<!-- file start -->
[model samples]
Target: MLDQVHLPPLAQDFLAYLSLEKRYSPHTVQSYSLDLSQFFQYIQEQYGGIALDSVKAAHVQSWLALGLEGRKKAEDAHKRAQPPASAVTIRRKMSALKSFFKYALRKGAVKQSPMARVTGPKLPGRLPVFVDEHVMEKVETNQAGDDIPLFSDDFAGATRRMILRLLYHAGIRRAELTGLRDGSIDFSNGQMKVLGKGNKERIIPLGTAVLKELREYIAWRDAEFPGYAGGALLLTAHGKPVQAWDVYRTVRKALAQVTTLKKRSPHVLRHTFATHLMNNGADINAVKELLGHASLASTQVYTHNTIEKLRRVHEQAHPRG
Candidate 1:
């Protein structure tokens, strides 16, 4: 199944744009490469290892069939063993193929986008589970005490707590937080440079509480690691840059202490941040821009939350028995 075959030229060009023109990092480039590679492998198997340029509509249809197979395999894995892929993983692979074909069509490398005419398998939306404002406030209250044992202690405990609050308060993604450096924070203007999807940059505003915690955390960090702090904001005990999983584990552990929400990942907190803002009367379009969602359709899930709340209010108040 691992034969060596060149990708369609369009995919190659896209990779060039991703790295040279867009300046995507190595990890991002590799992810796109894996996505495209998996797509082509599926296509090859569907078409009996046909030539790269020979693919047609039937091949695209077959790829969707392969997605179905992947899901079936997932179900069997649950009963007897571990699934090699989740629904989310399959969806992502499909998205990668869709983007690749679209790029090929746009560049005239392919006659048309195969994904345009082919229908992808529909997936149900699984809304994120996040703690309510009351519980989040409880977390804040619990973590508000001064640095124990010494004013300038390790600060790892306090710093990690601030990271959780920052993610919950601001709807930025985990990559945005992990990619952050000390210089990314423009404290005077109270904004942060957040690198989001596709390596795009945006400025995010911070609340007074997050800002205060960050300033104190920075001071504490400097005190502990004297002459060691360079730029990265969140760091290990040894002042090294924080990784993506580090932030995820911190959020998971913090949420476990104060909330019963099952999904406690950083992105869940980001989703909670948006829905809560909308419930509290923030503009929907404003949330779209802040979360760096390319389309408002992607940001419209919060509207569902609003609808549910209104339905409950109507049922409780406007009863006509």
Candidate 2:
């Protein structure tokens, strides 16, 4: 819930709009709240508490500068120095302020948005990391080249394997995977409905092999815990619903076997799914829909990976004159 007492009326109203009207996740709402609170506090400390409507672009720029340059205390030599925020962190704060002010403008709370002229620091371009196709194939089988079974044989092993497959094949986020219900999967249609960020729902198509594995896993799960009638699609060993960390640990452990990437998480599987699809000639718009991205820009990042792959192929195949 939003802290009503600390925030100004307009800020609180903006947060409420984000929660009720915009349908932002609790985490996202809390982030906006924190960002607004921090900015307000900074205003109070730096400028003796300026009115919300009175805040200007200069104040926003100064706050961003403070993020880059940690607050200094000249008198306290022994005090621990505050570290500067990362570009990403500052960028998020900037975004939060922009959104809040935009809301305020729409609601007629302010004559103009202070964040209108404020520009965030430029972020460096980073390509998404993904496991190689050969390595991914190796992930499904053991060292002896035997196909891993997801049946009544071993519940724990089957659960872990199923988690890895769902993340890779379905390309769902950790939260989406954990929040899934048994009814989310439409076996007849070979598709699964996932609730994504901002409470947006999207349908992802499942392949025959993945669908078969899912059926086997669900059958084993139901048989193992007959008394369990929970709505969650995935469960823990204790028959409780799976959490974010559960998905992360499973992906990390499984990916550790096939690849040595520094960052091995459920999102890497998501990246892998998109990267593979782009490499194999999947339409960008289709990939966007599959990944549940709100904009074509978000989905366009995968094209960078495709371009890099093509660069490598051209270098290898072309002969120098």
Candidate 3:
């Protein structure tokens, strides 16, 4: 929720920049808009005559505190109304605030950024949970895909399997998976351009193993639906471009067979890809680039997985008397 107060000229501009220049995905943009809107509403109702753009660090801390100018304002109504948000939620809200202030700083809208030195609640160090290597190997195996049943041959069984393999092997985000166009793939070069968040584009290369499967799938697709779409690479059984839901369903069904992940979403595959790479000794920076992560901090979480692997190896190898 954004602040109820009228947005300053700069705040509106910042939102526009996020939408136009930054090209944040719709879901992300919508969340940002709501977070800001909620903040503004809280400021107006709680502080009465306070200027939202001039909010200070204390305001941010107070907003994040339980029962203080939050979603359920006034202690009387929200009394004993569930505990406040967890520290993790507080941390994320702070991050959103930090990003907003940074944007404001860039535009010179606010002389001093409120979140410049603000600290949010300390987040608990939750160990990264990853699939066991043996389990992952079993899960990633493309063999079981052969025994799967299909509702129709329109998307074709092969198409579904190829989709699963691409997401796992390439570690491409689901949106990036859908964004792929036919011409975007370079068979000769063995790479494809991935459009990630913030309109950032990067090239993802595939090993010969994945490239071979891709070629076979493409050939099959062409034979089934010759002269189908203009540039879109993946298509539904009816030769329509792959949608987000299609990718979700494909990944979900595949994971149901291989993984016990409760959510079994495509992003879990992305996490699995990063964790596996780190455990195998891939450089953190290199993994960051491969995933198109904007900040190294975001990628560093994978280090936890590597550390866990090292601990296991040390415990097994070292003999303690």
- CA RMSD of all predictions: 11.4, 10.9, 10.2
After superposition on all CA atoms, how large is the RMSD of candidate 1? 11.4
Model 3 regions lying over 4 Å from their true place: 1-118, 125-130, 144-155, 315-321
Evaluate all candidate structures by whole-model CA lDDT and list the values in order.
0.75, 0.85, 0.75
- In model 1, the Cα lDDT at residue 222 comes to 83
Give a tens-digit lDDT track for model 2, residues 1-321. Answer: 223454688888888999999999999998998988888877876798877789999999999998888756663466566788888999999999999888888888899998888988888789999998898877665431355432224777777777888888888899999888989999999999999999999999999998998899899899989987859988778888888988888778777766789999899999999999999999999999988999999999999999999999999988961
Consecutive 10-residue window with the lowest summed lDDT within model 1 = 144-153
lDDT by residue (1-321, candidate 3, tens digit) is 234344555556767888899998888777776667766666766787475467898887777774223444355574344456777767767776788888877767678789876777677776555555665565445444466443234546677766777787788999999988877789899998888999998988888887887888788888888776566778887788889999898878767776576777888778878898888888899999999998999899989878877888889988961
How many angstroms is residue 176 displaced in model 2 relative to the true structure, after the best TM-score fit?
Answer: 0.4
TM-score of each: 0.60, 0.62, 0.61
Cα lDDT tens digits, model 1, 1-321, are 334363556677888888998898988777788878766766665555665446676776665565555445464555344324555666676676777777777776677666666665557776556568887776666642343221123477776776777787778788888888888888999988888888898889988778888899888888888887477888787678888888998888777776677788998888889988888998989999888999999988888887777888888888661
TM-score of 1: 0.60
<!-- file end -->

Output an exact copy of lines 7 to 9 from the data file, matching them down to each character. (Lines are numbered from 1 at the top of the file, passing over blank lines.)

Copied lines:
Candidate 3:
């Protein structure tokens, strides 16, 4: 929720920049808009005559505190109304605030950024949970895909399997998976351009193993639906471009067979890809680039997985008397 107060000229501009220049995905943009809107509403109702753009660090801390100018304002109504948000939620809200202030700083809208030195609640160090290597190997195996049943041959069984393999092997985000166009793939070069968040584009290369499967799938697709779409690479059984839901369903069904992940979403595959790479000794920076992560901090979480692997190896190898 954004602040109820009228947005300053700069705040509106910042939102526009996020939408136009930054090209944040719709879901992300919508969340940002709501977070800001909620903040503004809280400021107006709680502080009465306070200027939202001039909010200070204390305001941010107070907003994040339980029962203080939050979603359920006034202690009387929200009394004993569930505990406040967890520290993790507080941390994320702070991050959103930090990003907003940074944007404001860039535009010179606010002389001093409120979140410049603000600290949010300390987040608990939750160990990264990853699939066991043996389990992952079993899960990633493309063999079981052969025994799967299909509702129709329109998307074709092969198409579904190829989709699963691409997401796992390439570690491409689901949106990036859908964004792929036919011409975007370079068979000769063995790479494809991935459009990630913030309109950032990067090239993802595939090993010969994945490239071979891709070629076979493409050939099959062409034979089934010759002269189908203009540039879109993946298509539904009816030769329509792959949608987000299609990718979700494909990944979900595949994971149901291989993984016990409760959510079994495509992003879990992305996490699995990063964790596996780190455990195998891939450089953190290199993994960051491969995933198109904007900040190294975001990628560093994978280090936890590597550390866990090292601990296991040390415990097994070292003999303690």
- CA RMSD of all predictions: 11.4, 10.9, 10.2